We Must Never Forget


The early edition of The Daily Tar Heel announced a roundtable discussion scheduled for 3:00 the afternoon of December 7, 1941.  The topic was “Must We Fight Japan?”  Hours later the headline displayed above appeared in the newspaper’s “extra edition”.

Japan had declared settlements talks with the United States, over actions taken to prevent Japanese Pacific expansion which included the July 1941 oil embargo, a complete failure.  President Roosevelt had just addressed a personal message to Emperor Hirohito indicating the United States was threatened by the buildup of Japanese military movements in Indo-China and the Gulf of Siam.  Roosevelt was appealing directly to the Emperor over the heads of the Tokyo cabinet in order to prevent a “Far Eastern explosion.”1

While the State Department declined to disclose the contents of Roosevelt’s message they were simultaneously receiving reports of 125,000 Japanese troops in Indo-China, despite Tokyo’s dismissal of these claims as “exaggerated”.  Clearly, a powder keg was about to explode.

The University of North Carolina Chapel Hill was scheduled to hold a forum on Tuesday night, December 9, at 8:00 p.m. to discuss national unity.  The discussion would be moderated by Dean of Students F.F. Bradshaw who would be joined by four faculty members.

It promised to be a two-fisted debate, answering such questions as “Is national unity a means for propaganda?  Should the Nyes and the Lindberghs be shut up?2  Are the figures behind Civilian Morale impartial individuals?  What happens to civil rights under such programs?”3

Civilian morale was a hot topic that year.  Before that day was over it would become red-hot.  Some believed the government was propagandizing the populace in favor of war, as evidenced by history professor Wesley Bagby’s letter to the editor of The Daily Tar Heel:

We wish to express our earnest approval of the organization on the campus of an anti-propaganda group.  Such an organization was never needed more than at the present when the campus and the nation are being flooded with the most vicious sort of propaganda of which they seem to be largely unaware.

We realize that the morale of the country is bad and is showing no improvement – and we believe that this is largely due to this flood of propaganda.  The American people seem to be forgetting their ideals and high principles of the past.  We seem to be drifting into a spirit of resignation or even descending to advocation of principles unworthy of supposedly civilized men.

We realize that at present the American people are being propagandized – that we are receiving inadequate presentation of both sides of the vital questions facing us.  We realize that certain powerful forces in Washington; aided and abetted by the press, moving pictures, and radio of the country; are employing all the time-tested tricks of propaganda – lies, misrepresentation, constant repetition, and name calling in a tremendous effort to destroy the morale of the country and lead us into war.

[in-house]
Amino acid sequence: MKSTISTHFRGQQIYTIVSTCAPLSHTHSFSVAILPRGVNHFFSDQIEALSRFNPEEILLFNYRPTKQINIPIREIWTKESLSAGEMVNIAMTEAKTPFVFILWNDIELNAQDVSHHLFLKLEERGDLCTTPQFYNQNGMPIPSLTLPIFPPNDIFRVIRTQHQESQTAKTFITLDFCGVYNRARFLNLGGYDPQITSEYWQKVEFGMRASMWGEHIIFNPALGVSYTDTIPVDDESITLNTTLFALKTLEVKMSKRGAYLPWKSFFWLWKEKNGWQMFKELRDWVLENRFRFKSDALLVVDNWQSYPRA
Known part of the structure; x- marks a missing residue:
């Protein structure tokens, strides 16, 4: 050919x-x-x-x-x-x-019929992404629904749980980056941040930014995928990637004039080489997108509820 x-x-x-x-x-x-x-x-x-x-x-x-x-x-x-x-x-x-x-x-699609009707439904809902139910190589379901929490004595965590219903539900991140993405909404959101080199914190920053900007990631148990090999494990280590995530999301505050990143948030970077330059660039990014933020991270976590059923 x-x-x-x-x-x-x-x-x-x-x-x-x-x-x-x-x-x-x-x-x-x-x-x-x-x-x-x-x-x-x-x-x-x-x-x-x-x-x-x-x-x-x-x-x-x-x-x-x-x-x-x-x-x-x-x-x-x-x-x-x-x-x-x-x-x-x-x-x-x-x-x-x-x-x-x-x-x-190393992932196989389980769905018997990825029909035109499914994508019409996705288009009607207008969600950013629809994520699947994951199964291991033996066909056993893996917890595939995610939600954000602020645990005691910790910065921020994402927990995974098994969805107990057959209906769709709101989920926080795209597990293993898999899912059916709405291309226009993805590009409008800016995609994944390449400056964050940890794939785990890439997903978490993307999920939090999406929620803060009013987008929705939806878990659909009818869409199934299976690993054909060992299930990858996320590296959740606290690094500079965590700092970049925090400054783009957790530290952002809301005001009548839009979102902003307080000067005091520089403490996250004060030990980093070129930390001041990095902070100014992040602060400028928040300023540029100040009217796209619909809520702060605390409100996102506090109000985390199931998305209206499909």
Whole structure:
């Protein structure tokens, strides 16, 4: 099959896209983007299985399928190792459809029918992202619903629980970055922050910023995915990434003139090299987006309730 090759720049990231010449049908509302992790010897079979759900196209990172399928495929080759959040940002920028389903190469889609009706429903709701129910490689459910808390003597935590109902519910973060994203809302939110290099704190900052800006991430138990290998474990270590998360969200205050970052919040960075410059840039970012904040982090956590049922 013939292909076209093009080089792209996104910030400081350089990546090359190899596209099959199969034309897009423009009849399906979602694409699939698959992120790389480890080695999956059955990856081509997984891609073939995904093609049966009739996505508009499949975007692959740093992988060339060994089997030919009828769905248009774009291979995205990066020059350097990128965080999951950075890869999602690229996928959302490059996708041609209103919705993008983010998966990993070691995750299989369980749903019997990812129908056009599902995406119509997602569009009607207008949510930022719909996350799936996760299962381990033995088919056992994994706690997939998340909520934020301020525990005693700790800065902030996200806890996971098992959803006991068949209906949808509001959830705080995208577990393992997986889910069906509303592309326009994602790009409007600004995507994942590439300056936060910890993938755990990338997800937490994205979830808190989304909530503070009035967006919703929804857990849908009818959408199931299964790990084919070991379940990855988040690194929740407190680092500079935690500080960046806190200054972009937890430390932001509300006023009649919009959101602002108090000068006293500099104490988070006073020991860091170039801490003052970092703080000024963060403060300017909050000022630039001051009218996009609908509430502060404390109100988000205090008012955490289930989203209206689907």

Never was there a greater need for an anti-propaganda organization and we fervently hope that it will be successful.  Let the American people have all the facts, let both sides be fully and fairly presented, and let them make their decision “based on common enlightenment, understanding and discussion of today’s critical problems – not on propaganda or suppression” and the American people will not go to war!

Despite Professor Bagby’s strong opinions to the contrary, the nation was hours away from declaring war on Japan and later Germany and Italy.  Civilian morale may have been at a low point prior to the morning of December 7, 1941, yet the vast majority of the United States citizenry, following the initial shock, leapt to its feet in support of President Roosevelt’s declaration of war.

I was inspired to write some articles this week about this eventful week in history after watching a special on The History Channel.  Tomorrow will feature a special Tombstone Tuesday article and Thursday will highlight the events of December 10, 1941.

Given the current state of our world, I wonder if today we could meet the type of challenge facing the United States in 1941.  Do we have the will to do so?  Frankly, I fear not.  I do believe our brave soldiers would take it to the enemy with all their might, but does our government have the will to mount such an effort should it become necessary?  What think you on this day of somber remembrance?  Feel free to share your thoughts below.

Have a GREAT day . . . someday it will be HISTORY!

© Sharon Hall (Digging History), 2015.



  1. The Daily Tar Heel, 07 Dec 1941, p. 1.
  2. North Dakota Senator Gerald Nye and renowned aviator Charles Lindbergh were vocal advocates of United States isolationism.
  3. Ibid.

Leave a Comment